Marketing firms take note: what you say about one client on your website will get noticed by other clients, and they may sue.
Plaintiff San Francisco Oven hired defendant Fransmart to market San Francisco Oven’s “fast-casual brick-oven” pizza restaurant to potential franchisees. After San Francisco Oven and Fransmart entered into an agreement, Fransmart changed its website to describe another pizza restaurant, Z-Pizza, as also employing the “fast-casual brick oven” concept.
San Francisco Oven believed that this information about Z-Pizza was false, and that Fransmart had changed the description to steer potential franchisees away from San Francisco Oven and to Z-Pizza. Before San Francisco Oven hired Fransmart, the Fransmart website had listed Z-Pizza as having merely “take-out and delivery and limited in-restaurant dining.”
After learning of the changed information on the website, San Francisco Oven sued Fransmart for false advertising under Section 43(a) of the Lanham Act, 15 U.S.C. §1125(a). Fransmart moved to dismiss, arguing that San Francisco Oven’s complaint did not allege sufficient facts upon which subject matter jurisdiction could be based. The court disagreed, and denied Fransmart’s motion.
In its analysis, the court looked to the case of Scotts Co. v. United Indus. Corp., 315 F.3d 264 (4th Cir. 2002) to recast the elements of a 43(a) claim as follows: (1) the defendant made a false or misleading description of fact or representation of fact in a commercial advertisement about his own or another’s [goods or services]; (2) the misrepresentation is material, in that it is likely to influence the purchasing decision; (3) the misrepresentation actually deceives or has the tendency to deceive a substantial segment of its audience; (4) the defendant placed the false or misleading statement in interstate commerce; and (5) the plaintiff has been or is likely to be injured as a result of the misrepresentation, either by direct diversion of sales or by a lessening of goodwill associated with its [goods or services].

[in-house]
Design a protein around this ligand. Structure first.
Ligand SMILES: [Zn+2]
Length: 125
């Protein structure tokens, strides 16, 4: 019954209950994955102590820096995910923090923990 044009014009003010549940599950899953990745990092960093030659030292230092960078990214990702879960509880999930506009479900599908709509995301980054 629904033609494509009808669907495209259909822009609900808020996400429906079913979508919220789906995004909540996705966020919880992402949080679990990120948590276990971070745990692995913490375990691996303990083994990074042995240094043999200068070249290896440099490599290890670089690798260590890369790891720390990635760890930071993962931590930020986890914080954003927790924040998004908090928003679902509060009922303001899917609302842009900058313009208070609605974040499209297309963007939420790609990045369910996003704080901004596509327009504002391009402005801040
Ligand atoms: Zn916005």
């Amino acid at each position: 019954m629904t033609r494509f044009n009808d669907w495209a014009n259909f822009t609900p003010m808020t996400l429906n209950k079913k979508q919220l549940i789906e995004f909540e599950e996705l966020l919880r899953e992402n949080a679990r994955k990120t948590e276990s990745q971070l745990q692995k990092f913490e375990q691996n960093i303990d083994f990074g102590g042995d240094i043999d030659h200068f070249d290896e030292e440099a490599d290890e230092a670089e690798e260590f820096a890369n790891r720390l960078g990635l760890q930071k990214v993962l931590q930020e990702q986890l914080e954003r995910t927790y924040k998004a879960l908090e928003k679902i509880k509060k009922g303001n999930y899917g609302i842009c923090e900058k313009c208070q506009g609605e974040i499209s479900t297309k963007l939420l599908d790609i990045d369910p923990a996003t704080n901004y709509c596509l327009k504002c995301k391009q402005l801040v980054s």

The court held that San Francisco Oven’s allegations of Fransmart’s statements about Z-Pizza satisfied these elements. The statements on the website described goods and services of another company. The representations were material in that they dealt with the actual subject about which Fransmart was hired (i.e., the franchise concept). The representations had the tendency to deceive, due to the alleged mischaracterization of Z-Pizza’s concept. By posting the statements online, Fransmart placed them into interstate commerce. Finally, San Francisco Oven had properly alleged that diverted franchisees to Z-Pizza would cause damage.
San Francisco Oven, LLC v. Fransmart, LLC, 2005 WL 1838125 (E.D.Va., July 27, 2005).